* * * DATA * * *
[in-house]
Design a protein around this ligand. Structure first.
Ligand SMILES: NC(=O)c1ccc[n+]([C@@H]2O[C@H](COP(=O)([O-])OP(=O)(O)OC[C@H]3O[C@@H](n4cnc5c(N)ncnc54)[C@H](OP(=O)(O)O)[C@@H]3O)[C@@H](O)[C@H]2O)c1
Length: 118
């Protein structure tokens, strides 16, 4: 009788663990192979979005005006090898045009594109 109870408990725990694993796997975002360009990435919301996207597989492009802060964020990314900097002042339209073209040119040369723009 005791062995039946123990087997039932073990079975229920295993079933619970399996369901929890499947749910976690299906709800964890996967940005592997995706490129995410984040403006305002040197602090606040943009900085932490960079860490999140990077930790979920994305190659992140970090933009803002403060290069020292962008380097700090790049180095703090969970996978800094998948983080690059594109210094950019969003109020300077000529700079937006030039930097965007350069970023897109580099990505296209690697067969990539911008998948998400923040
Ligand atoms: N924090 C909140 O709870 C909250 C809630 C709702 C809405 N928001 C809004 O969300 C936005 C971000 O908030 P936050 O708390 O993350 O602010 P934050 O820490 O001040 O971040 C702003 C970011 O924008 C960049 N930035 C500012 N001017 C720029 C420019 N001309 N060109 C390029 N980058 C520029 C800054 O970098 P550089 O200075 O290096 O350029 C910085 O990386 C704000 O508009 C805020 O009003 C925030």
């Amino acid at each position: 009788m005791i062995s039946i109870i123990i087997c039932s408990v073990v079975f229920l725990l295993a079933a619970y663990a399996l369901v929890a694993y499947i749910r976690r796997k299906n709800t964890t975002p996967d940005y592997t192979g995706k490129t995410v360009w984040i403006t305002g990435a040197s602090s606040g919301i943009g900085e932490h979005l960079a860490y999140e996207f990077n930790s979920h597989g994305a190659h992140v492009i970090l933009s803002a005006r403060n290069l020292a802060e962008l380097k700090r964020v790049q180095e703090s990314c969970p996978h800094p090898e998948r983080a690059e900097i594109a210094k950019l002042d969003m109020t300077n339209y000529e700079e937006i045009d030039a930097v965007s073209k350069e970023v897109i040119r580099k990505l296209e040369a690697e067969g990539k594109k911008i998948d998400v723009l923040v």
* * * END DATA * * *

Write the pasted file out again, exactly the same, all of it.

[in-house]
Design a protein around this ligand. Structure first.
Ligand SMILES: NC(=O)c1ccc[n+]([C@@H]2O[C@H](COP(=O)([O-])OP(=O)(O)OC[C@H]3O[C@@H](n4cnc5c(N)ncnc54)[C@H](OP(=O)(O)O)[C@@H]3O)[C@@H](O)[C@H]2O)c1
Length: 118
């Protein structure tokens, strides 16, 4: 009788663990192979979005005006090898045009594109 109870408990725990694993796997975002360009990435919301996207597989492009802060964020990314900097002042339209073209040119040369723009 005791062995039946123990087997039932073990079975229920295993079933619970399996369901929890499947749910976690299906709800964890996967940005592997995706490129995410984040403006305002040197602090606040943009900085932490960079860490999140990077930790979920994305190659992140970090933009803002403060290069020292962008380097700090790049180095703090969970996978800094998948983080690059594109210094950019969003109020300077000529700079937006030039930097965007350069970023897109580099990505296209690697067969990539911008998948998400923040
Ligand atoms: N924090 C909140 O709870 C909250 C809630 C709702 C809405 N928001 C809004 O969300 C936005 C971000 O908030 P936050 O708390 O993350 O602010 P934050 O820490 O001040 O971040 C702003 C970011 O924008 C960049 N930035 C500012 N001017 C720029 C420019 N001309 N060109 C390029 N980058 C520029 C800054 O970098 P550089 O200075 O290096 O350029 C910085 O990386 C704000 O508009 C805020 O009003 C925030």
């Amino acid at each position: 009788m005791i062995s039946i109870i123990i087997c039932s408990v073990v079975f229920l725990l295993a079933a619970y663990a399996l369901v929890a694993y499947i749910r976690r796997k299906n709800t964890t975002p996967d940005y592997t192979g995706k490129t995410v360009w984040i403006t305002g990435a040197s602090s606040g919301i943009g900085e932490h979005l960079a860490y999140e996207f990077n930790s979920h597989g994305a190659h992140v492009i970090l933009s803002a005006r403060n290069l020292a802060e962008l380097k700090r964020v790049q180095e703090s990314c969970p996978h800094p090898e998948r983080a690059e900097i594109a210094k950019l002042d969003m109020t300077n339209y000529e700079e937006i045009d030039a930097v965007s073209k350069e970023v897109i040119r580099k990505l296209e040369a690697e067969g990539k594109k911008i998948d998400v723009l923040v």